|Figure 2 Assessment percentage bar chart for different respondents’ categories.|
Click here to view
|Figure 3 Documentation percentage bar chart for different respondents’ categories.|
Click here to view
Association of sex with assessment and documentation trends
A total of 230 (59.1%) male and 159 (40.9%) female therapists were included in this study. Sex showed a significant weak association with patients’ routine assessment (P = 0.001; Cramer's V = 0.19) and the use of assessment tools (P = 0.041; Cramer's V = 0.13). Although the majority of male and female therapists assessed patients routinely, a higher percentage of males always, often, or sometimes routinely examined patients compared with female therapists (100 and 95%, respectively). Furthermore, 138 (60%) male therapists reported the use of assessment instruments compared with 77 (48.4%) female [Figure 2].
Regarding documentation, sex had a non signficant weak association with either manual (P = 0.115; Cramer's V = 0.11) or electronic (P = 0.781; Cramer's V = 0.04) documentations. Fifty-three (23.0%) male and 33 (20.8%) female therapists reported that they rarely or never used paper-based documentation. This percentage was doubled for electronic documentation (43.9 and 40.9% for males and females, respectively) [Figure 3].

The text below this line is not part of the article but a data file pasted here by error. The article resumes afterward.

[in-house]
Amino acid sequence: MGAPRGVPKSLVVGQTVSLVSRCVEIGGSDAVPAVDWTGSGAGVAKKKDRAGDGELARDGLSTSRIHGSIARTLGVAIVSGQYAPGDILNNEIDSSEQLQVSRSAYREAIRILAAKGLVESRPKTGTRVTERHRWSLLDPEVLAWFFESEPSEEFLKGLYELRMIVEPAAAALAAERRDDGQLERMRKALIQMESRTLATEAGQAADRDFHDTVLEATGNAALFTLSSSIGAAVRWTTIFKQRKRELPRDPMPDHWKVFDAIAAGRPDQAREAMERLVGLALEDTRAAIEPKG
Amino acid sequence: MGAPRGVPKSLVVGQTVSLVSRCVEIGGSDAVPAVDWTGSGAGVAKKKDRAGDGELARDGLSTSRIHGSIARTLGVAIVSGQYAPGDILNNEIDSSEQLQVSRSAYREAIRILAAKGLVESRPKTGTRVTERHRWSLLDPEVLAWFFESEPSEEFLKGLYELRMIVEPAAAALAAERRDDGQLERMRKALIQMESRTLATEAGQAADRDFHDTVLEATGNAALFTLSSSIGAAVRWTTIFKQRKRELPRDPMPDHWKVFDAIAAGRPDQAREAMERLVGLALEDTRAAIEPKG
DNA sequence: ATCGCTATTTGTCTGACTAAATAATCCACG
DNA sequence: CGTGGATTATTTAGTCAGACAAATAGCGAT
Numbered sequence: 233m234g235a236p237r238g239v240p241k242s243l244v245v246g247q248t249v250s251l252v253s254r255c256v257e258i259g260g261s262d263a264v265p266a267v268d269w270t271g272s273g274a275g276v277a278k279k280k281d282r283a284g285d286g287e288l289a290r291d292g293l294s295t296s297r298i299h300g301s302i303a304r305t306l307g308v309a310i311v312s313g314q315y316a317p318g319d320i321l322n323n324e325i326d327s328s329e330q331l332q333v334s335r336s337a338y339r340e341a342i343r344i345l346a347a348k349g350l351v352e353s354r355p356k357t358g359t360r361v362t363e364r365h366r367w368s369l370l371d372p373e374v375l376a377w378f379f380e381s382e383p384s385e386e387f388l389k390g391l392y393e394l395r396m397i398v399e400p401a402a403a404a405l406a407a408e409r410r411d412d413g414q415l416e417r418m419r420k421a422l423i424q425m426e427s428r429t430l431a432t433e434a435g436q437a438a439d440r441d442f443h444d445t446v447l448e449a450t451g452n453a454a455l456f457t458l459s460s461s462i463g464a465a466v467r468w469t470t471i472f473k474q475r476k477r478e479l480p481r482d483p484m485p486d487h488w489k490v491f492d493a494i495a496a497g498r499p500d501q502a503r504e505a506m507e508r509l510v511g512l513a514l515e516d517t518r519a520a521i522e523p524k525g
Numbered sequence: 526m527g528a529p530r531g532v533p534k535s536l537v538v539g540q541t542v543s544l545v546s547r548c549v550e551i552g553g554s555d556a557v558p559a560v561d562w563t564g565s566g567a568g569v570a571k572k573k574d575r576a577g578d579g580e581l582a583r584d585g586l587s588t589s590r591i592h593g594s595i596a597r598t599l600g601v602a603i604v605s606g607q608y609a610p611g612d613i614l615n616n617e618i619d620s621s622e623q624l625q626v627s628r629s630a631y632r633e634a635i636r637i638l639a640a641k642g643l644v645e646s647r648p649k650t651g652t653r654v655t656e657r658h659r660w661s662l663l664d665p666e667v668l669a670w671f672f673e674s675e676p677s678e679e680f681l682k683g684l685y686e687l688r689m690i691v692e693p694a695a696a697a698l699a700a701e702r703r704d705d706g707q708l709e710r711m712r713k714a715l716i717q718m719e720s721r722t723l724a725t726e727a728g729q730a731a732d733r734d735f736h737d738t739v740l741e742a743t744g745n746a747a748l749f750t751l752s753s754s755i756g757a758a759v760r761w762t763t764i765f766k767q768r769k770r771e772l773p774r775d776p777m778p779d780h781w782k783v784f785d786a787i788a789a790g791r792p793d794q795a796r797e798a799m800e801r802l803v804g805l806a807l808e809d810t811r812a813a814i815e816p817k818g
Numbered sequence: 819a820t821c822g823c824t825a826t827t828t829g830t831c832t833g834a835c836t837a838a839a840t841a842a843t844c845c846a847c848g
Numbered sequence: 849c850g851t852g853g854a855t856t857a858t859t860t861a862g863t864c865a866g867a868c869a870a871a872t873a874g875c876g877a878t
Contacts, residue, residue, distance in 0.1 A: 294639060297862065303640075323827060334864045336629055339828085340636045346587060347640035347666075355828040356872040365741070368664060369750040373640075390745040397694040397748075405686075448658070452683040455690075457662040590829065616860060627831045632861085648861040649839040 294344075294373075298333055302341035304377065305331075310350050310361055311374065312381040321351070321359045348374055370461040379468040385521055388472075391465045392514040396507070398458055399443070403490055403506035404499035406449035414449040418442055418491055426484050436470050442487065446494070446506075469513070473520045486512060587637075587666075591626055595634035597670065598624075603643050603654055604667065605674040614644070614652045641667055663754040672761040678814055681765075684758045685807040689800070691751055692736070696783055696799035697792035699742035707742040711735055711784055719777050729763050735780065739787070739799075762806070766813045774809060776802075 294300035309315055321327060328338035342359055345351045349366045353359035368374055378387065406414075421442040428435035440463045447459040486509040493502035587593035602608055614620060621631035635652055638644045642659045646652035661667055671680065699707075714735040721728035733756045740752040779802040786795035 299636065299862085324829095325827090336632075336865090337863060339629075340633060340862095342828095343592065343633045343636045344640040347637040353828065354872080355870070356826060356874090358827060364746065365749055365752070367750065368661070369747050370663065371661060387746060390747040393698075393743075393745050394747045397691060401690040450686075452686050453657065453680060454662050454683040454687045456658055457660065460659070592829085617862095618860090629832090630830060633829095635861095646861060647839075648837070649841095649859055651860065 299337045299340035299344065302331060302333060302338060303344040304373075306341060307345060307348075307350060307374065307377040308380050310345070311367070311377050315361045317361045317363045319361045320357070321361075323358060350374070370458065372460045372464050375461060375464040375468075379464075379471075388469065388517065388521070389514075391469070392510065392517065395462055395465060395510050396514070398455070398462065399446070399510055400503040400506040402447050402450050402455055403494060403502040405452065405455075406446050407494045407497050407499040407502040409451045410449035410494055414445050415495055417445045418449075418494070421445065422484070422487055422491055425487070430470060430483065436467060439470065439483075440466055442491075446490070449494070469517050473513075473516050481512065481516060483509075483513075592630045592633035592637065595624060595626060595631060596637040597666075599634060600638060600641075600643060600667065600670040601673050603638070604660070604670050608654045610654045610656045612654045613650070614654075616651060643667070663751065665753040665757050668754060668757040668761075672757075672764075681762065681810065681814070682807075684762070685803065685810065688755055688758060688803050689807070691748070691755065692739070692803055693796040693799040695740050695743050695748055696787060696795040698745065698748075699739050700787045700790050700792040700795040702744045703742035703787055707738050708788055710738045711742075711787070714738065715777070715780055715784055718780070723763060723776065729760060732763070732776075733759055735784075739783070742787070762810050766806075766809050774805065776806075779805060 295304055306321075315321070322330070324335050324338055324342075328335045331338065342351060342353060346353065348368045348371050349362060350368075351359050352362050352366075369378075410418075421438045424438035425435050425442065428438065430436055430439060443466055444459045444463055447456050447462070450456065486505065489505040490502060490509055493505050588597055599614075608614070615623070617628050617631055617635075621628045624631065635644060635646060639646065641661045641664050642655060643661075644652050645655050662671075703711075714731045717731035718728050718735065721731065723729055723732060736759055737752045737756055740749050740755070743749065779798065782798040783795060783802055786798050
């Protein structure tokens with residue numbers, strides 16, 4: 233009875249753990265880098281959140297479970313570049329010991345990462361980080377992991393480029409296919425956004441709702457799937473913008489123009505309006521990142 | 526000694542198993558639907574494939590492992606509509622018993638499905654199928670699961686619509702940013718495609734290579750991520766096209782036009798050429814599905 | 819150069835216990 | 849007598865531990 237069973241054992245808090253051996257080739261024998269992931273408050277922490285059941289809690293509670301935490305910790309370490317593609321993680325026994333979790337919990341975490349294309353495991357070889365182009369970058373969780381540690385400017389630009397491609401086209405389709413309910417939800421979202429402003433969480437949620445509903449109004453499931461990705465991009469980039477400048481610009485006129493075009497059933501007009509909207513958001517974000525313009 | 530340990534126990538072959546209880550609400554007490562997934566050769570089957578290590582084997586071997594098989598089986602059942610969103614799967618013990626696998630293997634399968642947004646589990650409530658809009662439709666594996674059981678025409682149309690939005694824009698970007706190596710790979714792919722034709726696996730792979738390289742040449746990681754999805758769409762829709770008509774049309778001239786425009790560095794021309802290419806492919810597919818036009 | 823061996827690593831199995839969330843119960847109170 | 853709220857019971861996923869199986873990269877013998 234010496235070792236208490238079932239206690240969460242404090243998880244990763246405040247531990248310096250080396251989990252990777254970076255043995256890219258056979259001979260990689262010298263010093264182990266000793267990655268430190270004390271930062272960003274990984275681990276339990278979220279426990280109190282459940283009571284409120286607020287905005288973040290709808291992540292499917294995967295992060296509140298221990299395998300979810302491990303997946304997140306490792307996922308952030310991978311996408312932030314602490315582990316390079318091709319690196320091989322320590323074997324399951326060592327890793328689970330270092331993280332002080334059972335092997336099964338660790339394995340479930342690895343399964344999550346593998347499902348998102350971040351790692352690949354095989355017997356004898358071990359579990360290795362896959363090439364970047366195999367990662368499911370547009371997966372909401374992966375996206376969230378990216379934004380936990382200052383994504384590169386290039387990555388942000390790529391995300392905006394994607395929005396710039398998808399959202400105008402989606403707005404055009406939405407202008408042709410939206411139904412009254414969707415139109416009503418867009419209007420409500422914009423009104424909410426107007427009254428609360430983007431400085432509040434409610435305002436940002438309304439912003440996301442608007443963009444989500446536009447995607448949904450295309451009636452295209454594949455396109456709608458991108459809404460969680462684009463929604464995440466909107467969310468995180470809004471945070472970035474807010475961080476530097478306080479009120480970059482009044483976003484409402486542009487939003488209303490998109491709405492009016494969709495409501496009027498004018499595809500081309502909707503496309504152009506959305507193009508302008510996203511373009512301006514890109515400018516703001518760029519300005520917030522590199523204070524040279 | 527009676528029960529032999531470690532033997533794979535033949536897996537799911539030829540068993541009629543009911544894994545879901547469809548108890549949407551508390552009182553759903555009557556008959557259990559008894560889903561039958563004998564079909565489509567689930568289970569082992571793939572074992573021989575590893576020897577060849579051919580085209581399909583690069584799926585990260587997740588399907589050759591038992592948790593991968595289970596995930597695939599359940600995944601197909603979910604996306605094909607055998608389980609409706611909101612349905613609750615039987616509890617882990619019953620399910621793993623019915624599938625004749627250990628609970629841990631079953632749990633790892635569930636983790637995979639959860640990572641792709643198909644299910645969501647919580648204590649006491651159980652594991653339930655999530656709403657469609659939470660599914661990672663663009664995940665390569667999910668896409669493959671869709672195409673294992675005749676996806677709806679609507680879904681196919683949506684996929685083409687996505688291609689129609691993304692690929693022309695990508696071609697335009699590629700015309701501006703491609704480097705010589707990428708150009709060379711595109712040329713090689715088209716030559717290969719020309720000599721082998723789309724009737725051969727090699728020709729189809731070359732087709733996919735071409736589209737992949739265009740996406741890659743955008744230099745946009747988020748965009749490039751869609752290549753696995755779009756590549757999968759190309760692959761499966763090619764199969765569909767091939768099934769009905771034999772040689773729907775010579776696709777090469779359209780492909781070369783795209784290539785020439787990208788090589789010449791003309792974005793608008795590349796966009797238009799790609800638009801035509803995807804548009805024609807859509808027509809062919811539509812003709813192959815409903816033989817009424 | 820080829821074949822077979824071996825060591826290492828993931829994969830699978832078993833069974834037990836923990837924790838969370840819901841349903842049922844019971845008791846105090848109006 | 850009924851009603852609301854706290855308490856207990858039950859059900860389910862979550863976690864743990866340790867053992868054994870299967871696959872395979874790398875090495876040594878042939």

The association between years of experience and assessment and documentation trends
Participants of this study included 116 (29.8%) junior, 188 (48.3%) senior, and 85 (21.9%) consultant therapists. Experience level was weak but significantly associated with routine assessment (P < 0.001; Cramer's V = 0.21) and the use of assessment tools (P < 0.001; Cramer's V = 0.19). The percentage of participants who always or often assessed their patients was greater among consultant and senior therapists (94.1 and 88.3%, respectively) compared with junior therapists (69.8%). This was also true regarding the instrumented assessment; as the years of experience increased, the proportion of the therapists using standard assessment tools increased. Sixty-three (74.1%) consultants sometimes or always used instrumented assessment, whereas 105 (55.8%) among seniors and 47 (40.5%) among juniors used the assessment tools sometimes or always [Figure 2].
The experience level was weak and non-signficantly associated with manual documentation (P = 0.524; Cramer's V = 0.09). This was also true for electronic documentation (P = 0.773; Cramer's V = 0.05). Thirty (25.9%) junior therapists rarely or never documented their patients’ progression using manual methods, whereas 40 (21.3%) senior and 16 (18.8%) consultant therapists did not as well. For electronic documentation, 52 (44.8%) junior, 83 (44.1%) senior, and 31 (36.5%) consultant therapists rarely or never used such methods of documentation [Figure 3].